• Announcements

    • khawk

      Download the Game Design and Indie Game Marketing Freebook   07/19/17

      GameDev.net and CRC Press have teamed up to bring a free ebook of content curated from top titles published by CRC Press. The freebook, Practices of Game Design & Indie Game Marketing, includes chapters from The Art of Game Design: A Book of Lenses, A Practical Guide to Indie Game Marketing, and An Architectural Approach to Level Design. The GameDev.net FreeBook is relevant to game designers, developers, and those interested in learning more about the challenges in game development. We know game development can be a tough discipline and business, so we picked several chapters from CRC Press titles that we thought would be of interest to you, the GameDev.net audience, in your journey to design, develop, and market your next game. The free ebook is available through CRC Press by clicking here. The Curated Books The Art of Game Design: A Book of Lenses, Second Edition, by Jesse Schell Presents 100+ sets of questions, or different lenses, for viewing a game’s design, encompassing diverse fields such as psychology, architecture, music, film, software engineering, theme park design, mathematics, anthropology, and more. Written by one of the world's top game designers, this book describes the deepest and most fundamental principles of game design, demonstrating how tactics used in board, card, and athletic games also work in video games. It provides practical instruction on creating world-class games that will be played again and again. View it here. A Practical Guide to Indie Game Marketing, by Joel Dreskin Marketing is an essential but too frequently overlooked or minimized component of the release plan for indie games. A Practical Guide to Indie Game Marketing provides you with the tools needed to build visibility and sell your indie games. With special focus on those developers with small budgets and limited staff and resources, this book is packed with tangible recommendations and techniques that you can put to use immediately. As a seasoned professional of the indie game arena, author Joel Dreskin gives you insight into practical, real-world experiences of marketing numerous successful games and also provides stories of the failures. View it here. An Architectural Approach to Level Design This is one of the first books to integrate architectural and spatial design theory with the field of level design. The book presents architectural techniques and theories for level designers to use in their own work. It connects architecture and level design in different ways that address the practical elements of how designers construct space and the experiential elements of how and why humans interact with this space. Throughout the text, readers learn skills for spatial layout, evoking emotion through gamespaces, and creating better levels through architectural theory. View it here. Learn more and download the ebook by clicking here. Did you know? GameDev.net and CRC Press also recently teamed up to bring GDNet+ Members up to a 20% discount on all CRC Press books. Learn more about this and other benefits here.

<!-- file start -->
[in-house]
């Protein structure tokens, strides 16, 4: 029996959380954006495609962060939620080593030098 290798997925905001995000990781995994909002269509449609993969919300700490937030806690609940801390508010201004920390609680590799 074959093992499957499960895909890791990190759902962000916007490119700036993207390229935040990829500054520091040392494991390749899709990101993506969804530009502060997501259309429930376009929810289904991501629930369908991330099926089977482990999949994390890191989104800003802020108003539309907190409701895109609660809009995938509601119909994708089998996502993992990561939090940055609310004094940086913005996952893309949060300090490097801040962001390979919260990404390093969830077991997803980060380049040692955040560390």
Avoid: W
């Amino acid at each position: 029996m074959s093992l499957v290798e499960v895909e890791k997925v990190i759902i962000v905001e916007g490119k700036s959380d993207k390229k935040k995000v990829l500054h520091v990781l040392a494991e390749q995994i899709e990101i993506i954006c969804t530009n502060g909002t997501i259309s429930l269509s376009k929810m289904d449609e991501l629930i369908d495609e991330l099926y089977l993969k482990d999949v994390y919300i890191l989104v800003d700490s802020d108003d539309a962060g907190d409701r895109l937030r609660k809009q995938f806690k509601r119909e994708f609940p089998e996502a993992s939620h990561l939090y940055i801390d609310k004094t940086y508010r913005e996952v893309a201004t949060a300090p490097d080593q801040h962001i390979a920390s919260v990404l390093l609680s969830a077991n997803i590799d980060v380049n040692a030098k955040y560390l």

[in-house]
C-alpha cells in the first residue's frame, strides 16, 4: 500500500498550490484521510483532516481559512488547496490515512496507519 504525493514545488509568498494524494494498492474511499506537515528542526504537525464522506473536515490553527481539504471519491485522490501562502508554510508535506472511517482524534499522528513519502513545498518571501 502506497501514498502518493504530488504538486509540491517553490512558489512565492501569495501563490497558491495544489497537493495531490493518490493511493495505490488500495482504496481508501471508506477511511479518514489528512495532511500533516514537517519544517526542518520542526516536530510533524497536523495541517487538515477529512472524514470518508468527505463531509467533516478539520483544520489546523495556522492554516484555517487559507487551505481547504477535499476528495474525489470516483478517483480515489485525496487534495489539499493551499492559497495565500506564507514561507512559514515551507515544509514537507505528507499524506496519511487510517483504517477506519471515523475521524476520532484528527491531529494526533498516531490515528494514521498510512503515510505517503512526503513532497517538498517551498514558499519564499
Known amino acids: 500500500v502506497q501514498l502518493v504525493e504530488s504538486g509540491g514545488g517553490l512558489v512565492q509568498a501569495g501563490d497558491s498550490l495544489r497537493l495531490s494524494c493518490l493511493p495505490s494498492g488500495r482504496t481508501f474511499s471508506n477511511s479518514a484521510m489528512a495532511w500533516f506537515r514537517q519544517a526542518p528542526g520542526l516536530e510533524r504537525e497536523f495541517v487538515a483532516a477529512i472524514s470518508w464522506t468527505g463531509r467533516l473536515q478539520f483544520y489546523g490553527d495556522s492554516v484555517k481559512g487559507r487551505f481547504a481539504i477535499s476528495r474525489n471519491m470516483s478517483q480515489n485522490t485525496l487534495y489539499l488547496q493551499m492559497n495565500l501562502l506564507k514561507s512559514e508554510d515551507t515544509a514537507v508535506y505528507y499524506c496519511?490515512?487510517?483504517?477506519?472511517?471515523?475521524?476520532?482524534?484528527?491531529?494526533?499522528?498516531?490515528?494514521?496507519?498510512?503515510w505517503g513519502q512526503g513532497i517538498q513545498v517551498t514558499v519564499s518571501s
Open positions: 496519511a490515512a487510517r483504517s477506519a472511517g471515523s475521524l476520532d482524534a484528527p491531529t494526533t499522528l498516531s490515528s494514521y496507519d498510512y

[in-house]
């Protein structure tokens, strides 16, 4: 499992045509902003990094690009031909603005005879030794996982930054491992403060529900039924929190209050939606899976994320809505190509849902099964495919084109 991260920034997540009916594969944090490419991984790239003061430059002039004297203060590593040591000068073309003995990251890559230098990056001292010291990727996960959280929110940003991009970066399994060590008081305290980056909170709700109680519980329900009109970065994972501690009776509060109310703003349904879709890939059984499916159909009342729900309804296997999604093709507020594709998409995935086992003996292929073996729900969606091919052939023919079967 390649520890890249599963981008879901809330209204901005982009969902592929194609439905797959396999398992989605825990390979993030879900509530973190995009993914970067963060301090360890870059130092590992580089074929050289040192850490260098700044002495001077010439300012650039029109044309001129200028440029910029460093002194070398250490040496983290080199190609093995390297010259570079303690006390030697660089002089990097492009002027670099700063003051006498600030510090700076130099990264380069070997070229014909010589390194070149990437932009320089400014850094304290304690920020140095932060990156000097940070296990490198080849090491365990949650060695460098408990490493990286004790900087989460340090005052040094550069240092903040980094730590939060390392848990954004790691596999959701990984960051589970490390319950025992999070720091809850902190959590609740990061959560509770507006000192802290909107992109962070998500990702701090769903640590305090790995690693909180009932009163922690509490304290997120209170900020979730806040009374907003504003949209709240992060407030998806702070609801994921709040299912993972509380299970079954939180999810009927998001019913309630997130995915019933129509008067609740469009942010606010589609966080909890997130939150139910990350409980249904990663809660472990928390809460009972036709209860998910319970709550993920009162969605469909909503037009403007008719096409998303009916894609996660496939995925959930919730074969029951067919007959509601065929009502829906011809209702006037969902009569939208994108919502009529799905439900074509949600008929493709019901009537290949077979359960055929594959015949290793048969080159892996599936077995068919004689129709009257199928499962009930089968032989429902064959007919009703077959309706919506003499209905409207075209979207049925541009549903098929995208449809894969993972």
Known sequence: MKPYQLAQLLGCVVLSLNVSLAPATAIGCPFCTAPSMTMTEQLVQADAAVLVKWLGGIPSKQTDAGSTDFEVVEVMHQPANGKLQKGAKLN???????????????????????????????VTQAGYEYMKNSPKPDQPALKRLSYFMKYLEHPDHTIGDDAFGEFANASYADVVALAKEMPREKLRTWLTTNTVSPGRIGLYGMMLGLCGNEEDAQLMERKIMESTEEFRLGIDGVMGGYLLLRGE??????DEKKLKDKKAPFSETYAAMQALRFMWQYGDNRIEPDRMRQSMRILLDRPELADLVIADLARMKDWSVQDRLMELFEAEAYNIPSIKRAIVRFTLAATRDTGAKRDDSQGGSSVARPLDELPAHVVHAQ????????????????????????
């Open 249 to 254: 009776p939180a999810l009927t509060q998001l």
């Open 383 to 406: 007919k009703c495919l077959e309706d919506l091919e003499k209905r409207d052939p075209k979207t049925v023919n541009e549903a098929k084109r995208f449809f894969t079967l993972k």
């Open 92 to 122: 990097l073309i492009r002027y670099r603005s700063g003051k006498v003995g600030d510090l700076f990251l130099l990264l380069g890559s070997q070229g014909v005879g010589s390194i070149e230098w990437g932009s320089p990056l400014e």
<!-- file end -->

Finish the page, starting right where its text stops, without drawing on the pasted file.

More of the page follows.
Sign in to follow this  
Followers 0
Moe091

books/resources for c++ graphics programming(and maybe math too)

5 posts in this topic

I was about to post this in the graphics programming forum but I feel the beginner forum is a better fit, sorry if I judged incorrectly.

 

I am about halfway through c++ primer and I'm starting to get an itch to work on something more interesting after all those hundreds of pages of learning stuff that I already know how to do[in other languages]. I really want to get into graphics programming with c++, I mean my end goal is always to be a great game programmer/designer/developer and I always try to work on things that will get me closer to that goal, but for some reason graphics programming never really interested me until now so it's a bit behind my other skills.